FOXBOROUGH, Mass. -- Last December at Gillette Stadium, when the Buffalo Bills wrapped up their season with a 6-10 record, the signs of progress from the 6-10 team that coach Doug Marrone inherited weren't immediately apparent.
But when the Bills packed up and left the same building Sunday with a 9-7 record, the difference was noticeable.
Despite falling short of the playoffs for a 15th consecutive season, the Bills put together the most competitive team they've had in a decade. Because of that, Marrone deserves to keep his job next season.
Yes, the Bills came away Sunday with their first victory at Gillette Stadium since it opened, 17-9 over the New England Patriots. But it wasn't their season-ending win -- against a halfhearted effort from a division rival -- that will be the keystone to Marrone's case for a third season.
Instead, it's the entire body of work from the Bills this season, one in which they finished with a 4-2 division record and in second place in the AFC East for the first time since 2007.
"I don't understand why you would let a coach go who brought a team from not having a winning season [since 2004] to having one," safety Aaron Williams said. "That's good enough for me to have him here."
"If you look at the first time you have a winning record in a decade," defensive tackle Kyle Williams said, "that speaks louder than anything or any player or anything like that can say."
In some years, there are obvious situations in which coaches should be fired -- it would be shocking if Rex Ryan returned to the New York Jets after their 4-12 season, for example -- but this isn't one of them. There is no scandal, no controversy, no glaring need for a shake-up. Players have Marrone's back.
"The guys in this locker room love playing for him," running back Fred Jackson said. "Love the energy he brings to the team. He's always getting us ready to go and we wanted to do something to kind of quiet that noise a little bit."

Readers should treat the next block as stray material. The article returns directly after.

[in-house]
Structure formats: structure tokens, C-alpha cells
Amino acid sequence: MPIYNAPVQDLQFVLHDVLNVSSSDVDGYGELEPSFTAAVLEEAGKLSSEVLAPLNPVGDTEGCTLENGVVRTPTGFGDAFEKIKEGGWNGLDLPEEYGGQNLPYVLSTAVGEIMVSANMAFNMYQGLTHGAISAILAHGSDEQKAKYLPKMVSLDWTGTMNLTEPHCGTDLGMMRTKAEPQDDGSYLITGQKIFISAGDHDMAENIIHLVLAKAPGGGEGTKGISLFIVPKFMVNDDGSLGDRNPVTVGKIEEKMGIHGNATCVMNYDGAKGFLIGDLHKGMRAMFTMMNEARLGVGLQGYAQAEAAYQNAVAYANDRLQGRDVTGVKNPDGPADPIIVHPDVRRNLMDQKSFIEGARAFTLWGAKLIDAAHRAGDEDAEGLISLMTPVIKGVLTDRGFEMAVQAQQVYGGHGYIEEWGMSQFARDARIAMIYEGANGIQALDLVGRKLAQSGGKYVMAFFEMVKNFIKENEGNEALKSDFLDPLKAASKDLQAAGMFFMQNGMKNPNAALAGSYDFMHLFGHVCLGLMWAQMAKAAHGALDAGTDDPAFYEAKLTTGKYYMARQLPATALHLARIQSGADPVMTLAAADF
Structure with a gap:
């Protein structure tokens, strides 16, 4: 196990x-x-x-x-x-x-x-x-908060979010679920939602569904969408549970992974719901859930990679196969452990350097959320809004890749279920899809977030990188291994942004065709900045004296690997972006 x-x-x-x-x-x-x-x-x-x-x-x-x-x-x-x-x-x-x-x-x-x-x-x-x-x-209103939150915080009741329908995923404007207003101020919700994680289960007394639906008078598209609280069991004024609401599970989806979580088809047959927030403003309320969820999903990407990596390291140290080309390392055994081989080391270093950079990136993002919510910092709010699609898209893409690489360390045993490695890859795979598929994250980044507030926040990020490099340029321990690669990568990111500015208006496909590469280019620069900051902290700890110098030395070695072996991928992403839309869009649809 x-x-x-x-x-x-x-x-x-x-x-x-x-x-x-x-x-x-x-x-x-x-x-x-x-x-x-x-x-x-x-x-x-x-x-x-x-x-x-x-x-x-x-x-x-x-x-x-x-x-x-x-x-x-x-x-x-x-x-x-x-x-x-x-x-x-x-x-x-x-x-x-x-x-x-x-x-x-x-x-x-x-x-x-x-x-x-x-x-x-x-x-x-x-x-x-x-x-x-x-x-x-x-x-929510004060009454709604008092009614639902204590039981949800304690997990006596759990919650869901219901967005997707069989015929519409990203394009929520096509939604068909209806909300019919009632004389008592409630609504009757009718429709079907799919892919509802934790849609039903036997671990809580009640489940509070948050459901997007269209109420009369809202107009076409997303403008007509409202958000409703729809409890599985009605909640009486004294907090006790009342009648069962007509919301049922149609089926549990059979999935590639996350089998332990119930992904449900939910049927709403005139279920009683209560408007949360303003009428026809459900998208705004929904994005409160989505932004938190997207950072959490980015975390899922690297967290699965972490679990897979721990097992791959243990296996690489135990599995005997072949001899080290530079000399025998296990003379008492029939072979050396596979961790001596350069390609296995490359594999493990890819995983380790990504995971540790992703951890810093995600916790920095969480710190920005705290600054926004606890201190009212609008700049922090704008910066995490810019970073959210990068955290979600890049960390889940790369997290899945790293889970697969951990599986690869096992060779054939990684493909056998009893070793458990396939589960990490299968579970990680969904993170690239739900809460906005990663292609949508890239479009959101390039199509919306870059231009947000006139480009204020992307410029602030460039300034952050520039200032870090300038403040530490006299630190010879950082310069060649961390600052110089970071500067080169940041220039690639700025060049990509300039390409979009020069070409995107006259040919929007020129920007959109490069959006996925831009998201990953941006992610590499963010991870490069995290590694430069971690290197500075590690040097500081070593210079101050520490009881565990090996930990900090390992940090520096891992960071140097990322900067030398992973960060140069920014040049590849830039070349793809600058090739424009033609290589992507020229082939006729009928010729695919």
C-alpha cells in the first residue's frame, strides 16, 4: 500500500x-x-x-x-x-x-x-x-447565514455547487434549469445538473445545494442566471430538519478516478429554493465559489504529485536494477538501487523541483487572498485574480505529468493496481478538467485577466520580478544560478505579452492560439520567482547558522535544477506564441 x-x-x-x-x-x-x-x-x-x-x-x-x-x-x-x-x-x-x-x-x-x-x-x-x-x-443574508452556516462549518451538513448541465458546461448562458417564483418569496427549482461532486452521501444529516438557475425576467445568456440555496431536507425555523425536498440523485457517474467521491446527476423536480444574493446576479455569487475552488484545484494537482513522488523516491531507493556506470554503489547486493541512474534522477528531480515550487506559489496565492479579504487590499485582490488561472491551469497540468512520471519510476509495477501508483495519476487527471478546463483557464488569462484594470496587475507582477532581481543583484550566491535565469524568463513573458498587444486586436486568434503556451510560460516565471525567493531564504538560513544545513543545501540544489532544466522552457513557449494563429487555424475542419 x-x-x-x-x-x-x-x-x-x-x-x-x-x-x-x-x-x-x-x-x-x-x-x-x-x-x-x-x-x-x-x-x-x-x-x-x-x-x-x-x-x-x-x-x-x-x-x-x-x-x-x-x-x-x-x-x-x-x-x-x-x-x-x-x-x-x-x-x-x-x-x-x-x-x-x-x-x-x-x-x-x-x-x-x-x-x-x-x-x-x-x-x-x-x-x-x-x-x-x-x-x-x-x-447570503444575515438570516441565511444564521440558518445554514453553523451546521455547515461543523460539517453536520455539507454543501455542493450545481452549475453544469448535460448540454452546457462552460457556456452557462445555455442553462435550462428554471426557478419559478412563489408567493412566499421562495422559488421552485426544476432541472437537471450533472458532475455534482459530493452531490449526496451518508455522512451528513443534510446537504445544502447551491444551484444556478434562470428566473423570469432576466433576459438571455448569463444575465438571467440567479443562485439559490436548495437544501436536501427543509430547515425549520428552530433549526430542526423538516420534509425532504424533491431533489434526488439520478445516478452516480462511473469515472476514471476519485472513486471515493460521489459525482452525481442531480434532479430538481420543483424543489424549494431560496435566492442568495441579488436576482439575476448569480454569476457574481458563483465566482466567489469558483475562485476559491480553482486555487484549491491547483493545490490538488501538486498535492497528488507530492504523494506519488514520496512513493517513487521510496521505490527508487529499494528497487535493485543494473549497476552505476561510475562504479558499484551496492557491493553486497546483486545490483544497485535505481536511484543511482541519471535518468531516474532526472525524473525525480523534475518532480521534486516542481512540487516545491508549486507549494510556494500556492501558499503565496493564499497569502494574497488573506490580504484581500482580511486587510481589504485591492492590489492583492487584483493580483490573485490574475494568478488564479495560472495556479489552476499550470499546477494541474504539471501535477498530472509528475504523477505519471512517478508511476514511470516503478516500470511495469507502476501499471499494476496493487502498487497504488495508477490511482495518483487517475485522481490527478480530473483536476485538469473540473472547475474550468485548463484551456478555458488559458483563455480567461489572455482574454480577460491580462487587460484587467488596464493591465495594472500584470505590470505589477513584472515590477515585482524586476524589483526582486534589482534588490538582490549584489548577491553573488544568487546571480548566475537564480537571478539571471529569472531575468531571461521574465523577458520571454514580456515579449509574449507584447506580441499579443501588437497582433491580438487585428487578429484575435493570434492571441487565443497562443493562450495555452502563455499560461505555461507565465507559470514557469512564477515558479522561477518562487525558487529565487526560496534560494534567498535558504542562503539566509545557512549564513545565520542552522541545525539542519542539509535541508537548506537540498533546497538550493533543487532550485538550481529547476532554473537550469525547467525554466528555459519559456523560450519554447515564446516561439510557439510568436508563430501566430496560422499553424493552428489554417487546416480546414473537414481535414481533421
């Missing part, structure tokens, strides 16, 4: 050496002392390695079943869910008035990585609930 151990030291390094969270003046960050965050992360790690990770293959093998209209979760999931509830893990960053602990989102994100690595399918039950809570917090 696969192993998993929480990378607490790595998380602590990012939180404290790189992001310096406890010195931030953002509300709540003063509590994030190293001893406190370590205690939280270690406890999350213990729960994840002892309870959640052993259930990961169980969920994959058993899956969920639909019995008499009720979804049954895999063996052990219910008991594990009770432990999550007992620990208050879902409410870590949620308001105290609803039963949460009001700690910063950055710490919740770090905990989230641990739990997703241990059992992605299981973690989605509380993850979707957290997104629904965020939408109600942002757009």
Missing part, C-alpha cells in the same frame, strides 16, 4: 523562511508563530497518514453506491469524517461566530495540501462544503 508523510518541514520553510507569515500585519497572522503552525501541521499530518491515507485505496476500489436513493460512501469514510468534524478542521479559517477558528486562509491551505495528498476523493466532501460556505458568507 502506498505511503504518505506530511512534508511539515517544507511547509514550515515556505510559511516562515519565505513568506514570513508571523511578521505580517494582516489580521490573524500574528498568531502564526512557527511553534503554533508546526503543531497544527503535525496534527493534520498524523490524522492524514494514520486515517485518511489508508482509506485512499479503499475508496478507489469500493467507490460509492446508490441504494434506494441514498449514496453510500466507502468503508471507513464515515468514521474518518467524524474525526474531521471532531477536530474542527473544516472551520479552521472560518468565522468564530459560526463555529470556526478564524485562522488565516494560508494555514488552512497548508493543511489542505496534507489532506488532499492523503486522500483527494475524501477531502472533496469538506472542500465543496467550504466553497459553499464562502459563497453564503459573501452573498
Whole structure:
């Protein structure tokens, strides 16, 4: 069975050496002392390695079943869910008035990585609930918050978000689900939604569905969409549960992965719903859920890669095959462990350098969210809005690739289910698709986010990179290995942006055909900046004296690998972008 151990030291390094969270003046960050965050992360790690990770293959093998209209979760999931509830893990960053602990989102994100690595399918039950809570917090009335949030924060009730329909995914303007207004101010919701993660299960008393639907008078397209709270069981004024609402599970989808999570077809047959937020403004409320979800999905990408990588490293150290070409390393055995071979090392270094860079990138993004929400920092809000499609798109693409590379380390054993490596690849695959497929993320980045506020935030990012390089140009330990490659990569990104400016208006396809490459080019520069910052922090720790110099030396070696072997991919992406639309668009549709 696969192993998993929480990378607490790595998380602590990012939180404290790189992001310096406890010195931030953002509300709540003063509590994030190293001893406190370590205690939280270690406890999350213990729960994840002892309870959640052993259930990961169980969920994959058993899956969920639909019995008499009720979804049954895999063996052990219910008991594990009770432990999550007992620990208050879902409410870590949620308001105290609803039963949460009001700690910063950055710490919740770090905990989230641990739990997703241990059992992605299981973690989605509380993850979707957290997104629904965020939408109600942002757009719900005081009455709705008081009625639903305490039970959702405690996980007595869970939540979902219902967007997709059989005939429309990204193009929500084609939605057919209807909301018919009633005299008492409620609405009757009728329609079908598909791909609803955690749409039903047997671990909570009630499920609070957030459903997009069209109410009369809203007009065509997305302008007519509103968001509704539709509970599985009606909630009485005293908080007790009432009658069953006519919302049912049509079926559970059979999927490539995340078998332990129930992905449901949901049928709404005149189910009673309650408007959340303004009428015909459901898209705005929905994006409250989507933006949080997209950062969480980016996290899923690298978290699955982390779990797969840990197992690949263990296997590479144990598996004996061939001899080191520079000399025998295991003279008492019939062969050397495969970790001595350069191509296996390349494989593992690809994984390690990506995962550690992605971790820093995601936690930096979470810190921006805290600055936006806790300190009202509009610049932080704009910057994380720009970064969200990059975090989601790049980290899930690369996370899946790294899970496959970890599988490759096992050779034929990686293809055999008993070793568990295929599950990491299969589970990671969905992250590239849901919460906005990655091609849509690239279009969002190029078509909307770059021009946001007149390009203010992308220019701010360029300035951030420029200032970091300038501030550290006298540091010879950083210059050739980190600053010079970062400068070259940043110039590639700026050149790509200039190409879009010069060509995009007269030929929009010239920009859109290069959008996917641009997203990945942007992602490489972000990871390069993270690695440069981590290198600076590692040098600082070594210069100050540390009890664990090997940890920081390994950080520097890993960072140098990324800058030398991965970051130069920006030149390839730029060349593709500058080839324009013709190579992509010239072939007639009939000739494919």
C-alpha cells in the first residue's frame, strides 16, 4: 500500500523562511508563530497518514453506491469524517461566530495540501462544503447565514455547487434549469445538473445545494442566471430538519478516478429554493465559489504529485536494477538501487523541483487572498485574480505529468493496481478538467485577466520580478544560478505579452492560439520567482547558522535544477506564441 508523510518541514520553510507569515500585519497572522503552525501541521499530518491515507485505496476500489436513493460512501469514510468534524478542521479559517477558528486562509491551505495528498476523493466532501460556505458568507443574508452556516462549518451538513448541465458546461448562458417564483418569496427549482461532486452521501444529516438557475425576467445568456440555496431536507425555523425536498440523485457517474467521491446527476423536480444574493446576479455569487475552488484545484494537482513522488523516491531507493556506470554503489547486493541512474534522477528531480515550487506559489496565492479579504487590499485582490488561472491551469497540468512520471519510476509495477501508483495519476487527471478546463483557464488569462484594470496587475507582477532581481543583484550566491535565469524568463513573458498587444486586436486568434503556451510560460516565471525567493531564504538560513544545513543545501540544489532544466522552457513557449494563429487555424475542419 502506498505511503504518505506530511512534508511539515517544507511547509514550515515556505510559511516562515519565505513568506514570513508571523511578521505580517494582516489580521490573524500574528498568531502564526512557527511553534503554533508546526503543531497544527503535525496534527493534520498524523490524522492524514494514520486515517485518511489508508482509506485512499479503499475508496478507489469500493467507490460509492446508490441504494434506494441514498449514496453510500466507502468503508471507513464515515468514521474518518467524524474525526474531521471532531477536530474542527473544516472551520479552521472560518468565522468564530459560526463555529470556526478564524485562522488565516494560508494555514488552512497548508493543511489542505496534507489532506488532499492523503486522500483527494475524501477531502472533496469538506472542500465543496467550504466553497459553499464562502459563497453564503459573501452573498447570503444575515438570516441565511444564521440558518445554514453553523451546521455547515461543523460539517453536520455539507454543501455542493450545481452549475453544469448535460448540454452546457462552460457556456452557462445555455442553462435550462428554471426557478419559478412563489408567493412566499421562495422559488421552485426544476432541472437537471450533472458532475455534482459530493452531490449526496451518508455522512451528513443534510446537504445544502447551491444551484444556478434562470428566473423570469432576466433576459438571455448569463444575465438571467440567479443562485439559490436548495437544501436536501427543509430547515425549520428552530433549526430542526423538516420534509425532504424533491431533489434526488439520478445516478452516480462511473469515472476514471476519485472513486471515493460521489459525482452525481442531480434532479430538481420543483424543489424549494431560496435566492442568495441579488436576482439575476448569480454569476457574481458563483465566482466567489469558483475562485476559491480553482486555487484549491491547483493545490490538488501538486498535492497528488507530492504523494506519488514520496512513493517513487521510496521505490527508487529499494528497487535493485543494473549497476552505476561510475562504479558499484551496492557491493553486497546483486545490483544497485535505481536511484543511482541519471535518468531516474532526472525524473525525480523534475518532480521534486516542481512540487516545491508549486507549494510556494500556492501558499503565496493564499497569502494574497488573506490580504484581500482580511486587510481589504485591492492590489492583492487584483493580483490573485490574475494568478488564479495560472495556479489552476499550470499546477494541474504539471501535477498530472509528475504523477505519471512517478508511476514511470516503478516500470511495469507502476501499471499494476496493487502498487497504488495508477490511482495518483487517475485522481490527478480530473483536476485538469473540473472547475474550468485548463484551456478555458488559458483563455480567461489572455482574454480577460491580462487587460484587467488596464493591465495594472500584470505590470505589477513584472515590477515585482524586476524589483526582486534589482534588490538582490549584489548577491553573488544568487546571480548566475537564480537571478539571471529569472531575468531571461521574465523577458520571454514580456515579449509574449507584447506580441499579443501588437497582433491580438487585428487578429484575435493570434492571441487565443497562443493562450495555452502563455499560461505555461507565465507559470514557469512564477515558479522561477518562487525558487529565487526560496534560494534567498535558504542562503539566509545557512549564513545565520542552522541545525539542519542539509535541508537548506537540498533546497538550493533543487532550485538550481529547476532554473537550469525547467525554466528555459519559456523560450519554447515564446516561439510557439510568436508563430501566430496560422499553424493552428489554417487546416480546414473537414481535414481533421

The "noise" has been a result of the Bills' ownership change. After taking control of the team in October, Terry Pegula will have decisions to make in the coming weeks about how he wants to organize the front office. Does he keep the existing power structure in place, with president Russ Brandon and general manager Doug Whaley in their current roles? Or does he add someone from the outside and potentially reduce the sway that Brandon and Whaley have in decision-making?
"He's the owner. He can do whatever he wants, obviously," Brandon said after the game. "We talk all the time, both [with] Terry and Kim, but it's his prerogative as the owner to handle anything as he sees fit."
The problem for Marrone will be if the Pegulas add an outside voice, one that may or may not view Marrone's two seasons with the Bills in a positive light. While it's hard to justify firing a coach after a winning season, you can bet that Marrone understands the blunt reality to this business: You can't please everybody.
It has been subtle, but we've heard bits and pieces of how Marrone will defend his tenure to the Pegulas and any potential additions to the front office.
"It's been two years now. We've played I don't know how many quarterbacks," Marrone said Dec. 18. "We're playing with a quarterback [Kyle Orton] that wasn't in our training camp. I think all of those things are pretty big challenges when you're trying to get things going from an offensive standpoint."
Translation: Yes, our offense has struggled, but what do you expect with the quarterback situation that my coaching staff has been handed?
Asked a question about where the Bills' defense ranks following Buffalo's signature win over the Green Bay Packers earlier this month, Marrone managed to squeeze in a commentary about his own offense.
"They're right up there," Marrone said of the Bills' defense. "They're right up there. Fortunately or unfortunately, we've seen all of them. The only one we haven't seen is Seattle. When you look at the top 10, we've probably seen seven or eight of them."
Translation: Don't go too hard on our offense, because we've had to square off with some of the NFL's best defenses this season.
Less than a week later, during a gathering with reporters, offensive coordinator Nate Hackett was asked a question about Oakland Raiders defensive end Khalil Mack, and managed to jam in the same stat that Marrone cited.
"It was funny because we looked at it, and we've had eight games against top-10 defenses," Hackett said, before beginning his praise of Mack.
Coincidence? Possibly. But if Marrone sits down with the Pegulas in the coming days or weeks and is pressed on his offense's struggles, expect both of those points to come up in discussion.
It's no guarantee that it will work, and based on everything we've seen this season, Marrone deserves another chance.